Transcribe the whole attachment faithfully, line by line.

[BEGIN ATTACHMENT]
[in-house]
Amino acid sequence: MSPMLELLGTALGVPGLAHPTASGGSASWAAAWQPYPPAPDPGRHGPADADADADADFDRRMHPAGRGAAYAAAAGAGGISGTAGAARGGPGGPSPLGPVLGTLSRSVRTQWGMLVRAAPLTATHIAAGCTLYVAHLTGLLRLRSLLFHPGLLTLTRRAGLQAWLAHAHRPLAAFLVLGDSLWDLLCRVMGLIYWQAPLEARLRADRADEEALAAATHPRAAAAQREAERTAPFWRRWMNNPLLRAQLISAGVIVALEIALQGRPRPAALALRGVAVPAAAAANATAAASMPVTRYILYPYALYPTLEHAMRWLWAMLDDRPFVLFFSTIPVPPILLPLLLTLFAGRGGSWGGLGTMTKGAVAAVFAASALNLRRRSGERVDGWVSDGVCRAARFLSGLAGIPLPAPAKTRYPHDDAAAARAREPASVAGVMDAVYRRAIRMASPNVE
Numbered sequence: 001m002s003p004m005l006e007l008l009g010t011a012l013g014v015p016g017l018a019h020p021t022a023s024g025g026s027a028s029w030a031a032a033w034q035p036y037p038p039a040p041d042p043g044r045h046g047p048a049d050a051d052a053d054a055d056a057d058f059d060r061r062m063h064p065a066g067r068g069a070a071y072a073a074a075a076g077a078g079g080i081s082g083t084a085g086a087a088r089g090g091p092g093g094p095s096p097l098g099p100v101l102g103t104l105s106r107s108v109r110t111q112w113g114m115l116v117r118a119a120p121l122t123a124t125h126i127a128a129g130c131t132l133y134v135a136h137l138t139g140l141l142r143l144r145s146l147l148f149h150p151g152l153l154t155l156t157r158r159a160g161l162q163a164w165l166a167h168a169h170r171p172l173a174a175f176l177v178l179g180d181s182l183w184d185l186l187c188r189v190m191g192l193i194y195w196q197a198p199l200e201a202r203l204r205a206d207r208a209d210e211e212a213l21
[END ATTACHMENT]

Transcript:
[in-house]
Amino acid sequence: MSPMLELLGTALGVPGLAHPTASGGSASWAAAWQPYPPAPDPGRHGPADADADADADFDRRMHPAGRGAAYAAAAGAGGISGTAGAARGGPGGPSPLGPVLGTLSRSVRTQWGMLVRAAPLTATHIAAGCTLYVAHLTGLLRLRSLLFHPGLLTLTRRAGLQAWLAHAHRPLAAFLVLGDSLWDLLCRVMGLIYWQAPLEARLRADRADEEALAAATHPRAAAAQREAERTAPFWRRWMNNPLLRAQLISAGVIVALEIALQGRPRPAALALRGVAVPAAAAANATAAASMPVTRYILYPYALYPTLEHAMRWLWAMLDDRPFVLFFSTIPVPPILLPLLLTLFAGRGGSWGGLGTMTKGAVAAVFAASALNLRRRSGERVDGWVSDGVCRAARFLSGLAGIPLPAPAKTRYPHDDAAAARAREPASVAGVMDAVYRRAIRMASPNVE
Numbered sequence: 001m002s003p004m005l006e007l008l009g010t011a012l013g014v015p016g017l018a019h020p021t022a023s024g025g026s027a028s029w030a031a032a033w034q035p036y037p038p039a040p041d042p043g044r045h046g047p048a049d050a051d052a053d054a055d056a057d058f059d060r061r062m063h064p065a066g067r068g069a070a071y072a073a074a075a076g077a078g079g080i081s082g083t084a085g086a087a088r089g090g091p092g093g094p095s096p097l098g099p100v101l102g103t104l105s106r107s108v109r110t111q112w113g114m115l116v117r118a119a120p121l122t123a124t125h126i127a128a129g130c131t132l133y134v135a136h137l138t139g140l141l142r143l144r145s146l147l148f149h150p151g152l153l154t155l156t157r158r159a160g161l162q163a164w165l166a167h168a169h170r171p172l173a174a175f176l177v178l179g180d181s182l183w184d185l186l187c188r189v190m191g192l193i194y195w196q197a198p199l200e201a202r203l204r205a206d207r208a209d210e211e212a213l21